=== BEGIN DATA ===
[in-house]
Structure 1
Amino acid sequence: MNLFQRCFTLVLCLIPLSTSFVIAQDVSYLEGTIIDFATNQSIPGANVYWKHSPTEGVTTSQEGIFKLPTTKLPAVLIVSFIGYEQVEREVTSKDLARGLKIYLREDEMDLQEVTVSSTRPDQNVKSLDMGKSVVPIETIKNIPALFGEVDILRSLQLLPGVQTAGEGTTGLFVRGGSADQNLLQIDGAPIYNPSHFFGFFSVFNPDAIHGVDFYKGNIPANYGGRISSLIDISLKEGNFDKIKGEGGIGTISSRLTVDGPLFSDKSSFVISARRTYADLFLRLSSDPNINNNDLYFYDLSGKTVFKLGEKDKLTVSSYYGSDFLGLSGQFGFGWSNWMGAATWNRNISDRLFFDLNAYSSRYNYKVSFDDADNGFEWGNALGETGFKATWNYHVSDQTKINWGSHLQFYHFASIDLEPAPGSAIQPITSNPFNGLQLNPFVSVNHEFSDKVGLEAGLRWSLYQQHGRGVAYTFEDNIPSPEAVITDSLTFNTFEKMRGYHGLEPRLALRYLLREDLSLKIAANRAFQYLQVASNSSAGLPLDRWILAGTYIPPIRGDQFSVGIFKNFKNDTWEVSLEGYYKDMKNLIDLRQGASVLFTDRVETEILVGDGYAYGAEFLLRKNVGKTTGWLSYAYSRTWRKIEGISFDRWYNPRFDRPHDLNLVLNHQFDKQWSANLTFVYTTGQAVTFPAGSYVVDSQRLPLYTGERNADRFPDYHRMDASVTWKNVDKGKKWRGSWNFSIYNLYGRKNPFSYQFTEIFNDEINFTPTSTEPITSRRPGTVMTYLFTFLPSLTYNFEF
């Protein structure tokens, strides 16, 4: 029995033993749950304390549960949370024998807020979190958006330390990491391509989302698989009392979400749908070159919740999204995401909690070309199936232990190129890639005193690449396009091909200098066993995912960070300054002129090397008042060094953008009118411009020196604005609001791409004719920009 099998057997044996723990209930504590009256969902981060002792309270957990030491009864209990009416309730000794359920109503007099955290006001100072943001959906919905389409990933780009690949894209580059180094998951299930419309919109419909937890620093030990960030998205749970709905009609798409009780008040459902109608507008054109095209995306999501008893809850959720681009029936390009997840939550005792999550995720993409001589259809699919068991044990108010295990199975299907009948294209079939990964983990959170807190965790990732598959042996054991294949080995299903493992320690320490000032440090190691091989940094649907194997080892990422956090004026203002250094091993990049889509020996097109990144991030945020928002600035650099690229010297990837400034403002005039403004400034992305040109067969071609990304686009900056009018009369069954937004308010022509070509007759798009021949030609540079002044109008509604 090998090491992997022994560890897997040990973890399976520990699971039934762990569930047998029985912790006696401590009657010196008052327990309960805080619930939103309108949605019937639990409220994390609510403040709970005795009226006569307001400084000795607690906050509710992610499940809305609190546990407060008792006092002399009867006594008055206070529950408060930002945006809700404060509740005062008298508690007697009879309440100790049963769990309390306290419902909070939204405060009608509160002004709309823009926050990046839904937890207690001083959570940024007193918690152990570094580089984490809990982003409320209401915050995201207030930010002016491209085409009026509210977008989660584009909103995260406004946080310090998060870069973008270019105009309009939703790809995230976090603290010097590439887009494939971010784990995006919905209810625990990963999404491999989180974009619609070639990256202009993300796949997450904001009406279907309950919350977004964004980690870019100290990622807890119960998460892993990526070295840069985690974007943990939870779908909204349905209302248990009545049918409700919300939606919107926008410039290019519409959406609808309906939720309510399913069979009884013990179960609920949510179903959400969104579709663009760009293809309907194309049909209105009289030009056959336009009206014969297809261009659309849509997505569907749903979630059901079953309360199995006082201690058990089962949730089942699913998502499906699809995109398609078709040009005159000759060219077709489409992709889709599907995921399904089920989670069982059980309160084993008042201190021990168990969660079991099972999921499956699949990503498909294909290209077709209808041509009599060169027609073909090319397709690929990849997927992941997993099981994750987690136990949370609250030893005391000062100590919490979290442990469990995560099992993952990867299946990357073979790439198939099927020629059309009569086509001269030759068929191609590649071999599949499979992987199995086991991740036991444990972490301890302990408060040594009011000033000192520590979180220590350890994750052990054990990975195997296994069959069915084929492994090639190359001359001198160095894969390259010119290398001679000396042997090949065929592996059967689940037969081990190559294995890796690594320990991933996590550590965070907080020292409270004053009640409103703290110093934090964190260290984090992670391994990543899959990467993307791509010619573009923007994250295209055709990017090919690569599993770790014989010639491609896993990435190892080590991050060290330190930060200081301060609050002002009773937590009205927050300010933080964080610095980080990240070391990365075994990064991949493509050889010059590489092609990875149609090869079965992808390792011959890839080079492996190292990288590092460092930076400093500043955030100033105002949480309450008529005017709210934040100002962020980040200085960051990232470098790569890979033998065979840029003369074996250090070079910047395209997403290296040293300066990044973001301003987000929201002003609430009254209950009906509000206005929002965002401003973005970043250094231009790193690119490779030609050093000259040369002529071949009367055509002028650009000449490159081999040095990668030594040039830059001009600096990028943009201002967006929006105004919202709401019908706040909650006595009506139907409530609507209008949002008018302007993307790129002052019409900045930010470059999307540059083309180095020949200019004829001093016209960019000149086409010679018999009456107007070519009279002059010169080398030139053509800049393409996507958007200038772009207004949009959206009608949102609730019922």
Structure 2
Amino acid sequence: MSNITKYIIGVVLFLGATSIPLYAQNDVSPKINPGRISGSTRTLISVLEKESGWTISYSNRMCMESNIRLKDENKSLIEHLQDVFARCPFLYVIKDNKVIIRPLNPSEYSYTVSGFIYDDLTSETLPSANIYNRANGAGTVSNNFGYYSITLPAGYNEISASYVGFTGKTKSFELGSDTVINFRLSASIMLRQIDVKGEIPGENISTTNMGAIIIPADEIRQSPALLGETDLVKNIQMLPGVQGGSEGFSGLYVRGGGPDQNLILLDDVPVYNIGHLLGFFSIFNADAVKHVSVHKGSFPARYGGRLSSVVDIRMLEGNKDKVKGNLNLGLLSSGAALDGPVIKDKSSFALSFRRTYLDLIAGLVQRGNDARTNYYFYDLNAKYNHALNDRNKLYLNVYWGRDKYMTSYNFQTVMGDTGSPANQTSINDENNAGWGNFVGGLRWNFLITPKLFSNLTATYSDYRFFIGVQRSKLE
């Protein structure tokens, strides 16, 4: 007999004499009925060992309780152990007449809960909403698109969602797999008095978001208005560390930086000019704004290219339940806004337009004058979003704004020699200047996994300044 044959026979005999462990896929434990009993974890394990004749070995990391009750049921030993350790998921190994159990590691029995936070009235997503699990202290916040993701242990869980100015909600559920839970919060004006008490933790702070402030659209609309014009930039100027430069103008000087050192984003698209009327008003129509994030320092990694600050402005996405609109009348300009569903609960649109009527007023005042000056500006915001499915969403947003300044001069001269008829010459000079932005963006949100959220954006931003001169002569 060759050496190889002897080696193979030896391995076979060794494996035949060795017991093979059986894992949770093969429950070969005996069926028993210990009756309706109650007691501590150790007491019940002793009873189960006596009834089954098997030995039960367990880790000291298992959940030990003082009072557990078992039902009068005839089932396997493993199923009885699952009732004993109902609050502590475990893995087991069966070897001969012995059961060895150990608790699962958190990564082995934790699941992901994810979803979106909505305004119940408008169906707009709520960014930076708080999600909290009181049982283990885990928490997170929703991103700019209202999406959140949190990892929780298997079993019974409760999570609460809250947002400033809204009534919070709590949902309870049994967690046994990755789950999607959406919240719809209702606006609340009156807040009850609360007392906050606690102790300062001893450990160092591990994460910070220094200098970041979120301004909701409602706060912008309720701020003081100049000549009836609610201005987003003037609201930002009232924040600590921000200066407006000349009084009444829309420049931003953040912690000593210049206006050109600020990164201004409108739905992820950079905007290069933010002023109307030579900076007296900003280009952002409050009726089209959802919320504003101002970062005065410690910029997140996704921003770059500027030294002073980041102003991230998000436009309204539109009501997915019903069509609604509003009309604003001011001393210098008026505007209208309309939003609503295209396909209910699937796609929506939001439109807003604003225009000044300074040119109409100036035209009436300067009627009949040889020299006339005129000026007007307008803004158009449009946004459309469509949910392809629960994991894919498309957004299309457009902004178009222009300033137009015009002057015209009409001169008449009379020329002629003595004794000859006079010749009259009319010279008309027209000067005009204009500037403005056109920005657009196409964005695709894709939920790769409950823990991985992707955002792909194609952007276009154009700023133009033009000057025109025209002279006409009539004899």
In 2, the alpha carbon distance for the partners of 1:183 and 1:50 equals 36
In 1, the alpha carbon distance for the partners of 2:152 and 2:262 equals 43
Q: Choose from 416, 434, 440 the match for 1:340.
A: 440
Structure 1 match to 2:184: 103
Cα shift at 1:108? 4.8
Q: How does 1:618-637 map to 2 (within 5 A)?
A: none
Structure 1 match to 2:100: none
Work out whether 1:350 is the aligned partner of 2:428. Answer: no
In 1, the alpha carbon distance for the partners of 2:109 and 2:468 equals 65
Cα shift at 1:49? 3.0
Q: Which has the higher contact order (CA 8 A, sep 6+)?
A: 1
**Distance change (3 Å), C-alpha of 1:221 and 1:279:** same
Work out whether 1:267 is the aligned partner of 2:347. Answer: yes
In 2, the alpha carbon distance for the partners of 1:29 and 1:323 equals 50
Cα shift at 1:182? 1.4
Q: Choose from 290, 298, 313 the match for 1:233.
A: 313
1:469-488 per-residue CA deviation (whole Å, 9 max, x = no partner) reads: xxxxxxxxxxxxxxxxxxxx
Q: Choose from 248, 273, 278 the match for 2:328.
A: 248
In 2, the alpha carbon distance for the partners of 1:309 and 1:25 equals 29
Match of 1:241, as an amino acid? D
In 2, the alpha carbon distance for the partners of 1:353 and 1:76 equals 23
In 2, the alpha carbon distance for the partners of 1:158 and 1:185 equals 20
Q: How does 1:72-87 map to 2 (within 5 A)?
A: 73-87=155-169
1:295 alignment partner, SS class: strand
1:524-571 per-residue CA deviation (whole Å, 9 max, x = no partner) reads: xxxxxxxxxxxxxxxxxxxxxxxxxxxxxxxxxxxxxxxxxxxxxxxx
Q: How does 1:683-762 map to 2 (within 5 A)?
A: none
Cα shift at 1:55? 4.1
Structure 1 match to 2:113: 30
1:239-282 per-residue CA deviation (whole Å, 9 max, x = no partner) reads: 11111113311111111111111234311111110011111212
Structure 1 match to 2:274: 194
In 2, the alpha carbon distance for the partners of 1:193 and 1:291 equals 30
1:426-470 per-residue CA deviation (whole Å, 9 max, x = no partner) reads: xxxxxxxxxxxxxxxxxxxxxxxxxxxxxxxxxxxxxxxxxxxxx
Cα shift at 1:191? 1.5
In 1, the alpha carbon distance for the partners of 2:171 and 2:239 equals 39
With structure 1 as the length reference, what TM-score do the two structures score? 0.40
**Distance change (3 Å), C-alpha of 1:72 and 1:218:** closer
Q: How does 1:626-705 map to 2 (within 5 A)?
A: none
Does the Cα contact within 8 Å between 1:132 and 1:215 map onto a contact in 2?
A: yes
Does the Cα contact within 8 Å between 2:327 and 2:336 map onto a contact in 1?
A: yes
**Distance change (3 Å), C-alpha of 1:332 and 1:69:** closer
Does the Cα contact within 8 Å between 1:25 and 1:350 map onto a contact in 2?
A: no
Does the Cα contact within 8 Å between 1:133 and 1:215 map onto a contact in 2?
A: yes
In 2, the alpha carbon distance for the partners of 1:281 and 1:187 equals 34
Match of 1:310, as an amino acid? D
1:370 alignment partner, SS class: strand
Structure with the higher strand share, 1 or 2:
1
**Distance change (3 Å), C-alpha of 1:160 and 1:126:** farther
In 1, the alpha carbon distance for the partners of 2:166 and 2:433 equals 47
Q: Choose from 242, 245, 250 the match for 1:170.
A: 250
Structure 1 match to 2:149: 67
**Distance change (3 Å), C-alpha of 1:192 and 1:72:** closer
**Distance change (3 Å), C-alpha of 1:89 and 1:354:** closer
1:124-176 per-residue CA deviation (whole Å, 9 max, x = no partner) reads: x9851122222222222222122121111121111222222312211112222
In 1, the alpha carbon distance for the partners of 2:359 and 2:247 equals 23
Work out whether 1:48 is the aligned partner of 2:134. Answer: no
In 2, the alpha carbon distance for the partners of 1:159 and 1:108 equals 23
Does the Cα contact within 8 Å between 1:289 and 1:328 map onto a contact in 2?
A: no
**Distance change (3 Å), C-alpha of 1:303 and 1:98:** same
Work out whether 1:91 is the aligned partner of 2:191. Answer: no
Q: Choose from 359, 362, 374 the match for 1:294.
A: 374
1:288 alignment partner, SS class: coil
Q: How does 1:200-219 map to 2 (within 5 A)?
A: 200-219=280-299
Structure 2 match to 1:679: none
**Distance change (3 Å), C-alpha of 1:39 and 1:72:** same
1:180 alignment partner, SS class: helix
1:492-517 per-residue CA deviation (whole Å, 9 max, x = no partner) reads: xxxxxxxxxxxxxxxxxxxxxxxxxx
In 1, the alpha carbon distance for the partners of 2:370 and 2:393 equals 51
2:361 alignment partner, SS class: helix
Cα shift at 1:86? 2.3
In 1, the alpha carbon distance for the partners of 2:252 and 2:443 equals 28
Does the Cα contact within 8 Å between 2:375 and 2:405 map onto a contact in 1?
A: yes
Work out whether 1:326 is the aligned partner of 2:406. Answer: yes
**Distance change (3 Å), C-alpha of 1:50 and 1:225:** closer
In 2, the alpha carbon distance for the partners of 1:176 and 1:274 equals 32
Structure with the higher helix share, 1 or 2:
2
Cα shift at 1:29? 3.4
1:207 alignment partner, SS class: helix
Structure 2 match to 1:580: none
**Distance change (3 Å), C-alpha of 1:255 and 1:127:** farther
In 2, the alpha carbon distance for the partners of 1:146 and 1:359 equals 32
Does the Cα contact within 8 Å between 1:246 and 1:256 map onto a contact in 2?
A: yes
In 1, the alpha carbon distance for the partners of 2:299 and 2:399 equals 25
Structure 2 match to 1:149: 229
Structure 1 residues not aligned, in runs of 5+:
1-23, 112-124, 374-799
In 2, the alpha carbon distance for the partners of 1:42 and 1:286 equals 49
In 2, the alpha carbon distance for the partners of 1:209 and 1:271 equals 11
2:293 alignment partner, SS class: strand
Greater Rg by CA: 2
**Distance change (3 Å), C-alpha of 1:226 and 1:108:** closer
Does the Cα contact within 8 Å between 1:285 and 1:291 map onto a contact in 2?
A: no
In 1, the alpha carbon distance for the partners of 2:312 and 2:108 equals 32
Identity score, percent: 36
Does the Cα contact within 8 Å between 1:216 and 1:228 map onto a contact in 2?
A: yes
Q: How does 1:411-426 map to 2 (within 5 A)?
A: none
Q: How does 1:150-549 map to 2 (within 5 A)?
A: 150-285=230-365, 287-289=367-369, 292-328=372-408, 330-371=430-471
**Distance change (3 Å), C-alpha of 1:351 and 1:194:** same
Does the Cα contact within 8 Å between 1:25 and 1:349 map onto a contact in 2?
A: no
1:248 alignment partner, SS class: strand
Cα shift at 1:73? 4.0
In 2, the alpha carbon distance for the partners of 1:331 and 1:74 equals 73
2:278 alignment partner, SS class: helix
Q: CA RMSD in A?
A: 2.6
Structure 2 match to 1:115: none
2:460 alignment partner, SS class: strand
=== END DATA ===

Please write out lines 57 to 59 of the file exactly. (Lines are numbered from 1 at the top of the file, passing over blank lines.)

**Distance change (3 Å), C-alpha of 1:332 and 1:69:** closer
Does the Cα contact within 8 Å between 1:25 and 1:350 map onto a contact in 2?
A: no